Oregon Scientific MP120
Why walk when you can run? That seems to be the motto of the Hong Kong-based technology firm Oregon Scientific. With the launch of the second of their new MP3 players, we ask ‘Will it live up to the laurels Pocketlint awarded the MP100, the world's smallest player?'
A good started point is that second model is another ‘world first', with environment being the onus, rather than size, this time. The MP120 is a waterproof MP3 player. Before you budding Jacques Cousteau's start getting any ideas, ‘waterproof' means that you can fully submerge the thing to a depth of 1M without it going ‘phufff'. The manufactures are quite specific about the guaranteed limitations on the depth, so anything beyond this threshold is at your own risk.
The small body is made of tough black plastic, cornered with shockproof rubber, coming in at a compact 69x50x20mm. The headphones jack is integrated into the detachable bottom section, which is released via a screw, exposing the mini USB 2.0 port and the headphones socket. This means that you have to use the headphones supplied, to make the MP120 waterproof. No vast problem, except the soft rubber lugs on the headphones, which make them waterproof, are impossible to get in your ears. Their design is reminiscent of a shooters ear-plugs, only larger and softer and inserting them is rather like trying to get a marshmallow into a coin slot. If the lugs aren't in, the headphones aren't waterproof, and go ‘phuff', which I imagine they will very quickly, and since they are integrated into the housing, their goes the waterproofing of the MP120.
Besides that, the basic functionality is almost exactly the same as the MP100. The player is 128Mb flash and supports both MP3 and WMA file formats. Once connected to the desktop you can simply drag and drop music files to the device. The battery is internal and charges via the same USB 2.0 cable through which data transfers. Songs and menus are displayed via a blue backlit ‘HiGo' LCD screen. When the menus are accessed you can select various equalisation presets, playing formats and manage the data. A music player is supplied on a CD-ROM in the box, for those PC's bereft, the firmware is upgradeable keeping the player in step with the players evolving technologies.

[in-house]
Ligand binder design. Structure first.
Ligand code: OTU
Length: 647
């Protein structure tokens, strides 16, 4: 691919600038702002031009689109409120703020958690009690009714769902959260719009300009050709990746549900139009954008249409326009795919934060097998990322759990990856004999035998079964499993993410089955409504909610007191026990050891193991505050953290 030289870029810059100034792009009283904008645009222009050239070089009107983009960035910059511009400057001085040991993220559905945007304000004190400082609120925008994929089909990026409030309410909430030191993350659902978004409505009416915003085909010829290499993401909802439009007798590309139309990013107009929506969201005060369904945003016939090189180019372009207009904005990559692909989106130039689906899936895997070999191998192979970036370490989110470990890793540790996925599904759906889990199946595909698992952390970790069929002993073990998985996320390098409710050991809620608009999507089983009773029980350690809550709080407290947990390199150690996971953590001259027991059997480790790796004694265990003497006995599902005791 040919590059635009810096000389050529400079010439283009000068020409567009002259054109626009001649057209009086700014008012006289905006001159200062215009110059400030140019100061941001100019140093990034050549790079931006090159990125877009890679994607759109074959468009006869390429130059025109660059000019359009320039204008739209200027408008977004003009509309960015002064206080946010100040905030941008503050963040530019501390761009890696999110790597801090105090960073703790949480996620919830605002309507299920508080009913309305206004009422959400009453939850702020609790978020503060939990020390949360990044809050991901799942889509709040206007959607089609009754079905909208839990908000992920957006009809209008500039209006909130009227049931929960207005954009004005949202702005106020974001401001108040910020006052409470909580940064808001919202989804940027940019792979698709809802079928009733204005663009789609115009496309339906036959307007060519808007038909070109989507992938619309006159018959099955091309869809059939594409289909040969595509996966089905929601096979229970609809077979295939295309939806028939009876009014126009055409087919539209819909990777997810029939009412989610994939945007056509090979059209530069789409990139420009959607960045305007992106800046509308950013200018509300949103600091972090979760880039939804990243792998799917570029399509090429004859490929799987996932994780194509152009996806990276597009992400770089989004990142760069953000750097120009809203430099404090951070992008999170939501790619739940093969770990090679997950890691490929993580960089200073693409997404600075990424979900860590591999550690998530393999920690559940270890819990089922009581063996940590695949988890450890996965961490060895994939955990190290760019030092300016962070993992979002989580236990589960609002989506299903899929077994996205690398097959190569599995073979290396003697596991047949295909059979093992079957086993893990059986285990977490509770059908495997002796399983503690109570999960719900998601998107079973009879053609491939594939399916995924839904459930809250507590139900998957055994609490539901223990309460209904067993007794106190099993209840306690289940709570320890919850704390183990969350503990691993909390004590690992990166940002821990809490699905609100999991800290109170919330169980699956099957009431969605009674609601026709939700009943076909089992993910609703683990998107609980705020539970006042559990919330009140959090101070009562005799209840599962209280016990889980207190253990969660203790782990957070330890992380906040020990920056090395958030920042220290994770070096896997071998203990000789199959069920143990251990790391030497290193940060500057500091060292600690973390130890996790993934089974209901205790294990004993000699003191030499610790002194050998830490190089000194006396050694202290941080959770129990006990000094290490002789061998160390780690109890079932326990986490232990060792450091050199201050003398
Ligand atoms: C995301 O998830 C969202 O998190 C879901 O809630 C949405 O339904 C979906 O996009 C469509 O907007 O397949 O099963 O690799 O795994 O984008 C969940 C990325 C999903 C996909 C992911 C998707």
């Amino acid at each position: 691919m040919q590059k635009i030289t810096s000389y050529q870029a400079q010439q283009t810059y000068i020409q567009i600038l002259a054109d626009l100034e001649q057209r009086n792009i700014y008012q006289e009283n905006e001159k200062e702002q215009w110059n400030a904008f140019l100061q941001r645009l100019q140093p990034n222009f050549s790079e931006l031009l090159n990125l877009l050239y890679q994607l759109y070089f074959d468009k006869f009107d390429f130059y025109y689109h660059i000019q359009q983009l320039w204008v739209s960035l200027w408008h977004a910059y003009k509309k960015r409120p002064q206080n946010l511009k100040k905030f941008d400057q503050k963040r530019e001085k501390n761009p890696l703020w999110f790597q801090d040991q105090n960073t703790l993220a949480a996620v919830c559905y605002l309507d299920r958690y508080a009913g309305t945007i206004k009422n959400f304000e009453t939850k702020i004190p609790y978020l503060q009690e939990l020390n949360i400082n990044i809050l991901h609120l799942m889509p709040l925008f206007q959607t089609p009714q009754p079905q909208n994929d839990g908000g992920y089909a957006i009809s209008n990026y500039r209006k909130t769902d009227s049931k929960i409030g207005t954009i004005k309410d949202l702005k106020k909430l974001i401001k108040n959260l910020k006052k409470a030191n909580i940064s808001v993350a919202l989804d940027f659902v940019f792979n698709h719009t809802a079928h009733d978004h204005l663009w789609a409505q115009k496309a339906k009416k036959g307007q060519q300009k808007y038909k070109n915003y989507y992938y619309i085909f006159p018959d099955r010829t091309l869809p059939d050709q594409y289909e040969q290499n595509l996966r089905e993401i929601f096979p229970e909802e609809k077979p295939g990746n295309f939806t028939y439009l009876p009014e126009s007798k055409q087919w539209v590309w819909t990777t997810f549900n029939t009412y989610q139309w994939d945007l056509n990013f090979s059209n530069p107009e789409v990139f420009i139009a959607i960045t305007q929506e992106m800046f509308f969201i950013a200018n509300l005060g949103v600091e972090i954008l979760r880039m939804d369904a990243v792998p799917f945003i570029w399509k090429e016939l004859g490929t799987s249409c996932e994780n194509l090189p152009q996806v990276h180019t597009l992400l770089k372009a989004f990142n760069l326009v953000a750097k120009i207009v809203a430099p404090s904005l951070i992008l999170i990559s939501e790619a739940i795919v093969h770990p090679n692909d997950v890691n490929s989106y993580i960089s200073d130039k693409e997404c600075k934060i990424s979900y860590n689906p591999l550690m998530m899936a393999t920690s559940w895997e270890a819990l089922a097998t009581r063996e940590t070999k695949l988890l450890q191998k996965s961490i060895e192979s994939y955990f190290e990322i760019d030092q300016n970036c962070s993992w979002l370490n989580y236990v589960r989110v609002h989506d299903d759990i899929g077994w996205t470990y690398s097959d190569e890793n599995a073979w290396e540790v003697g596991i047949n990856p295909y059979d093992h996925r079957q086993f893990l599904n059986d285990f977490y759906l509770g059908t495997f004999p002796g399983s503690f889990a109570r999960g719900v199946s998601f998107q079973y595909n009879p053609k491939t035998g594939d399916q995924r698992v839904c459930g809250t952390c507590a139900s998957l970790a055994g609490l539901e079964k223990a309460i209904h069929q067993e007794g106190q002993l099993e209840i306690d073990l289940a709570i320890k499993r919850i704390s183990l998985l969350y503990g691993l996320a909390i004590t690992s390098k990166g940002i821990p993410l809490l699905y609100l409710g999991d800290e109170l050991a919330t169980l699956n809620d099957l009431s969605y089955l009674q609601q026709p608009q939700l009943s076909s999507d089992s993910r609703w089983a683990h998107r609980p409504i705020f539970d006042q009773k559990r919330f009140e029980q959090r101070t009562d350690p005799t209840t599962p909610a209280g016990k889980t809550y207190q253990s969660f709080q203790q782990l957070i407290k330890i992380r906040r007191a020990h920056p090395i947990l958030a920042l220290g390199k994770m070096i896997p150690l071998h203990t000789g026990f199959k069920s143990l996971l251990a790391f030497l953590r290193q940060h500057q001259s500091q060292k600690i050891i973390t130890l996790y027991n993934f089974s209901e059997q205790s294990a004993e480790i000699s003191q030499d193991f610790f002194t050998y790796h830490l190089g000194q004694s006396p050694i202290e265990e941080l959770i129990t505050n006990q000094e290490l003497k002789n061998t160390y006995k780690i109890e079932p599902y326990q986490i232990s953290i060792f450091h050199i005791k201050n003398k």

A new feature is the FM radio capable of storing 30 channels. The frequency range goes from 87.5 to 108.0MHz, and I received a couple of the larger stations clearly, but not that many. The charge on the battery affects the reception as well as untangling the headphones cord, which offers a better antenna. Once a strong signal has been located setting the station, as one of the presets, is easy though. Sadly when in the ‘FM mode' none of the equalisation options are available to filer out the background ‘fuzz', these only come into effect when in ‘Music mode'.